In addition to Manny, the White Sox also have the best new pitcher in the major leagues. That would be Chris Sale. A college baseball player just a few months ago, left hander Chris Sale became the first player from the 2010 draft to make it to the majors. In the eight innings he has now pitched over his first eight games, Sale has allowed only one run while striking out eleven. He is an incredible strike out pitcher. During his brief stay in the minors he struck out 15 in only 6 1/3 innings. He also led all of college baseball with 146 strikeouts.

It is also a brand new season for college football starting this weekend.

It will also be a brand new game.

There are three new college football rules in effect. Wedge blocking on kickoffs is banned. A wedge block is when two or more players form a wall of blockers to create a running lane for a return on kickoffs. The new rule defines a wedge as two or more players aligned shoulder to shoulder within 2 yards of each other. In addition, taunting in the field of play will start costing teams points in 2011. Currently, players who are penalized for taunting on their way to the end zone draw a 15-yard penalty on the extra point attempt, 2-point conversion attempt or the ensuing kickoff. Beginning in 2011, live-ball penalties will be assessed from the spot of the foul and eliminate the score. Examples include players finishing touchdown runs by high-stepping into the end zone or pointing the ball toward an opponent.

A third change bans the use of eye black containing symbols or messages, a trend that grew in popularity because of the use by Heisman Trophy winner Tim Tebow.

In what some are already calling the "Tim Tebow rule," college football players are now prohibited from writing anything on their eye black -- the very types of messages the former Florida Gator quarterback made popular with various Bible verses.

Tebow -- the 2007 Heisman Trophy winner popularized the trend, and the nation noticed. On the same day that Florida played Alabama in the SEC Championship Game December 5th, the No. 1 Google "hot" search in the U.S. was John 16:33, the verse Tebow wore on his eye black.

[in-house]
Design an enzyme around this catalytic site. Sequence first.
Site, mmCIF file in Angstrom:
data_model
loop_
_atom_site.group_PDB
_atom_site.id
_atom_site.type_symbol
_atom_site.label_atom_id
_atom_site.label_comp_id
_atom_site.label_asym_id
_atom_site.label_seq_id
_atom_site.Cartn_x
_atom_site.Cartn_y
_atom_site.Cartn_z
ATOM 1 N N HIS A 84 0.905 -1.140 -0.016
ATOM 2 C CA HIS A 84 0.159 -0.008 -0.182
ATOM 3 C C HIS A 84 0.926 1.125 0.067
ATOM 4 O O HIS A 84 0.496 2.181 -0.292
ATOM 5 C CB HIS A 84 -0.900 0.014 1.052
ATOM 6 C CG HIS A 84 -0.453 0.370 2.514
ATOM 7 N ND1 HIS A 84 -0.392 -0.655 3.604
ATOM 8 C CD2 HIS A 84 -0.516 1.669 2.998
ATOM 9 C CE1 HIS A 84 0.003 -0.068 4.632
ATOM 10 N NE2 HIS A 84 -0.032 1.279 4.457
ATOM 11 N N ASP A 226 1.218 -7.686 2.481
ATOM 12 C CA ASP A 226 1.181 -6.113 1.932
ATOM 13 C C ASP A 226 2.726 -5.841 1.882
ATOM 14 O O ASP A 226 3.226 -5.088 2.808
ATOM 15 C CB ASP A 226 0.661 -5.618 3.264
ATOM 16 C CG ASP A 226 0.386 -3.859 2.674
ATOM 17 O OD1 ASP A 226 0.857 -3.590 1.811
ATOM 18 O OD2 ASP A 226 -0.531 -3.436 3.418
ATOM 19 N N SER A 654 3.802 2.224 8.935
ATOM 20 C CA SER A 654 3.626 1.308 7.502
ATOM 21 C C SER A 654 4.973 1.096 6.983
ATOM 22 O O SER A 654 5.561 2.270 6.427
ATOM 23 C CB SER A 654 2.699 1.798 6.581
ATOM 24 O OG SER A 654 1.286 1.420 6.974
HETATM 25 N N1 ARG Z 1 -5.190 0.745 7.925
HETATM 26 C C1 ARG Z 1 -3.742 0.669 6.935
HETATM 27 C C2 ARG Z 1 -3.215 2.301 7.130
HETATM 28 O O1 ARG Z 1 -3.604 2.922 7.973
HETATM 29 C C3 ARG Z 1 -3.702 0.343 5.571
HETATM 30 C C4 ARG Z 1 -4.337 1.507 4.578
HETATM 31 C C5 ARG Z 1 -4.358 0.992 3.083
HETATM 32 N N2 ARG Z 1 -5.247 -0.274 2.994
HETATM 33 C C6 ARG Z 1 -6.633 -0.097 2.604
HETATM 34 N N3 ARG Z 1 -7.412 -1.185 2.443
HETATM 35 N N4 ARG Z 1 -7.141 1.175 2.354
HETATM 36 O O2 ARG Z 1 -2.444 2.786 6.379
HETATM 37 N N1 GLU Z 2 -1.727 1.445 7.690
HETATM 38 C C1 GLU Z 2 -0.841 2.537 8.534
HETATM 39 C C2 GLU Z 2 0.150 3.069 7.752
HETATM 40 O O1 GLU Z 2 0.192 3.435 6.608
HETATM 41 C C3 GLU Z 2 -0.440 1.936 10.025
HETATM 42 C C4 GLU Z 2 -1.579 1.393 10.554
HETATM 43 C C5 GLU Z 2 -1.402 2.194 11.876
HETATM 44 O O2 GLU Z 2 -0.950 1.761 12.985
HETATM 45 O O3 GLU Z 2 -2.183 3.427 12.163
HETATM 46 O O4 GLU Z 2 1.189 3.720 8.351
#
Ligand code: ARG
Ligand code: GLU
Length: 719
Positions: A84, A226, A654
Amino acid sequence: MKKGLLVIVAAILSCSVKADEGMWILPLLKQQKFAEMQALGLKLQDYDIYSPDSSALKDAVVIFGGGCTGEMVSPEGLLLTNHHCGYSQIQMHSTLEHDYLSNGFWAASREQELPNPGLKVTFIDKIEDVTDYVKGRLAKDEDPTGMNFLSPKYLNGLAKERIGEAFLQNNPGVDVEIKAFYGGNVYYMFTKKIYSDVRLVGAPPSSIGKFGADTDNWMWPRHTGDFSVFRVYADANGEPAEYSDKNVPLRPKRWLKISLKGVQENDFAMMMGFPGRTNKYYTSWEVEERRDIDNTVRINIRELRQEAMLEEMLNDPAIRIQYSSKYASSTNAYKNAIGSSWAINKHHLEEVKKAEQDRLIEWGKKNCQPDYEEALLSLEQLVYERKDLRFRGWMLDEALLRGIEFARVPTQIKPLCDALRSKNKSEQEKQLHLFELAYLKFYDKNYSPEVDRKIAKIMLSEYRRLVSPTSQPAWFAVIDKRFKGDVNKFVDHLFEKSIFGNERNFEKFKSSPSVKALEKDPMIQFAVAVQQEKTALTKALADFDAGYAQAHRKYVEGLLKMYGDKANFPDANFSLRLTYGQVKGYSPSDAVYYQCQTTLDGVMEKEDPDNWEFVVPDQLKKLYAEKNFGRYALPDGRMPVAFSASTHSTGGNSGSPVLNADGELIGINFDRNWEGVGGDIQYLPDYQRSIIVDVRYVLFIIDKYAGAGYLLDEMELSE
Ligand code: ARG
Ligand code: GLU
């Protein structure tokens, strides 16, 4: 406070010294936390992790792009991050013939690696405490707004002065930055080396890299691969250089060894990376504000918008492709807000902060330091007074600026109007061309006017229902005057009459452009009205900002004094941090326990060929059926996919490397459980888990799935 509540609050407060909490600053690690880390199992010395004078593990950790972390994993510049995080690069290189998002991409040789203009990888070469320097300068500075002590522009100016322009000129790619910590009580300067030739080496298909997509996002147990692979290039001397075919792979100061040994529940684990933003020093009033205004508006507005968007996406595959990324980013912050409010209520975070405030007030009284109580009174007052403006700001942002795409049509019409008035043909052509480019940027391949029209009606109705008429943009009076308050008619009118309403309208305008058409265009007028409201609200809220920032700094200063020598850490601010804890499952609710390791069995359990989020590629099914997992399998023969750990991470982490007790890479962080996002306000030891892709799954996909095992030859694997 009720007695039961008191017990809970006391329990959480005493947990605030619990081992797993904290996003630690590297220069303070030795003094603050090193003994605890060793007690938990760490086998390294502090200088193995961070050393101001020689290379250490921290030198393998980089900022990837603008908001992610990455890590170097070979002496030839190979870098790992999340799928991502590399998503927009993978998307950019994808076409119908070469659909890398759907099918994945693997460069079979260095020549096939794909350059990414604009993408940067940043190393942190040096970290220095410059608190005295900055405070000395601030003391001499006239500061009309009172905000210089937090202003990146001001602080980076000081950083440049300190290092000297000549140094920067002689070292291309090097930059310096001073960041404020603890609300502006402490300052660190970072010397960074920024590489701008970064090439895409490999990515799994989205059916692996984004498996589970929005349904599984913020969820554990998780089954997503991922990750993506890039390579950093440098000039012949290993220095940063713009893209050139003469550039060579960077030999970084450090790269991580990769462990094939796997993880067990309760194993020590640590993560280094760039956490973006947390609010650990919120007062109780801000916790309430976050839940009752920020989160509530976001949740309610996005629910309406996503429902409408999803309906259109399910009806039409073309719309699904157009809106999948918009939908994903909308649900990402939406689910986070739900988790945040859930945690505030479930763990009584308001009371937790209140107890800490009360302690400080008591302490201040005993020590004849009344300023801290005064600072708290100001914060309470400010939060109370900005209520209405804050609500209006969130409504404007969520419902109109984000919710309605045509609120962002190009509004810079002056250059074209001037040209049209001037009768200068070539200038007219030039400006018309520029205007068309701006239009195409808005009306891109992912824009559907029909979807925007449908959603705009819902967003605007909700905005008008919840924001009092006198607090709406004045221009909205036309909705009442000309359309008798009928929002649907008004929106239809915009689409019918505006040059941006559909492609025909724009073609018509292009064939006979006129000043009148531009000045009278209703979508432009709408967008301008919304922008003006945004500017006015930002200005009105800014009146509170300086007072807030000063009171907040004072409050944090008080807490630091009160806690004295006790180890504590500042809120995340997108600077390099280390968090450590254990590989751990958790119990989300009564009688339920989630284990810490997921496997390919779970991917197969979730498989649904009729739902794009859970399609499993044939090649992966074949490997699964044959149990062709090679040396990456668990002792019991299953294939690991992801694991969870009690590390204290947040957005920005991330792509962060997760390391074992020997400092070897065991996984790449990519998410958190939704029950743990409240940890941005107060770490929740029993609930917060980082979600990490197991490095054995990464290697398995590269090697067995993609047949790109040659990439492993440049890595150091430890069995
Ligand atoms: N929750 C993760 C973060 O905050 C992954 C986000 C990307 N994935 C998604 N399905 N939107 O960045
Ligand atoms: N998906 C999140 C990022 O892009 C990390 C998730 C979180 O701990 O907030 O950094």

In fact, Tebow's Scripture choices were among the Top 10 Google searches in the U.S. during nearly every major Florida game in 2009. For the Sept. 19 game against Tennessee, his choice of Romans 8:28 was the No. 5 search; for the Oct. 10 game against LSU, 1 Thessalonians 5:18 was the No. 7 search; and for the game against Florida State -- his final home game -- Hebrews 12:1-2 was the No. 3 search. His choice of Ephesians 2:8-10 was the No. 4 search for the Jan. 1 Sugar Bowl. The Google trend dates back to the 2008 BCS Championship Game, when John 3:16 -- Tebow's verse for that game -- landed at the No. 1 spot.
______________________________________________

Thursday, August 26, 2010

SBA 7(a) Weekly Lending Update

For the week ending August 20th, only $168,622,000 in SBA 7(a) loans were approved.

The drastic drop in volume can be attributed to the expiration of the 90 percent guarantee which expired at the end of May.

Legislation to end the increased guarantee through the end of the year will be voted on September 14th.

Monday, August 23, 2010

The SBA and ending the recession ONE LOAN AT A TIME

We have closed another loan.

This time it was a $2,000,000 SBA 7(a) loan to a car wash in the Inland Empire that refinanced a construction loan and some other debt.

In the last ten years we have closed $756,794,299 in SBA 7(a) and 504 1st trust deeds.

SBA 7(a) Rate Update

Indices:
PRIME RATE= 3.25%
SBA LIBOR Base Rate August 2010 = 3.30%
SBA Fixed Base Rate August 2010 = 5.67%
Rates can go up to 2.75% over these indices.

Thursday, August 19, 2010

SBA 7(a) Weekly Lending Update- A picture is worth a thousand words


Since a picture is worth a thousand words, here is the weekly 7(a) lending volume. The cliff diving began when the SBA 7(a) loan 90 percent guarantee and SBA 7(a) loan guarantee fee waiver expired at the end of May.

Wednesday, August 18, 2010

SBA Loan Basics for Borrowers- Does an SBA loan need collateral?

SBA requires lenders to seek ALL available collateral. While a SBA loan should not be turned down due to a lack of collateral, lenders need to take as much collateral as they can.

Lenders first look to the business assets such as equipment. Inventory and accounts receivable are excluded.

If the business assets are not enough to secure the loan, the borrower may have to offer personal assets such as a second or third trust deed on the home. If the borrower has equity in excess of 25 percent of the market value of the home, SBA considers that to be worthwhile and will want the lender to use that if the business assets don't fully secure the loan.

A personal guarantee is required on all SBA borrowers.

Tuesday, August 17, 2010

SBA 7(a) Weekly Lending Update

Signs of life in 7(a) lending?

SBA 7(a) loans jumped by over $251,825,000 in the last week, bringing the total to $11,540,044,000 for the year.

This is the biggest one week increase since the expiration of the increased guarantee and guarantee fee waiver which occurred at the end of May.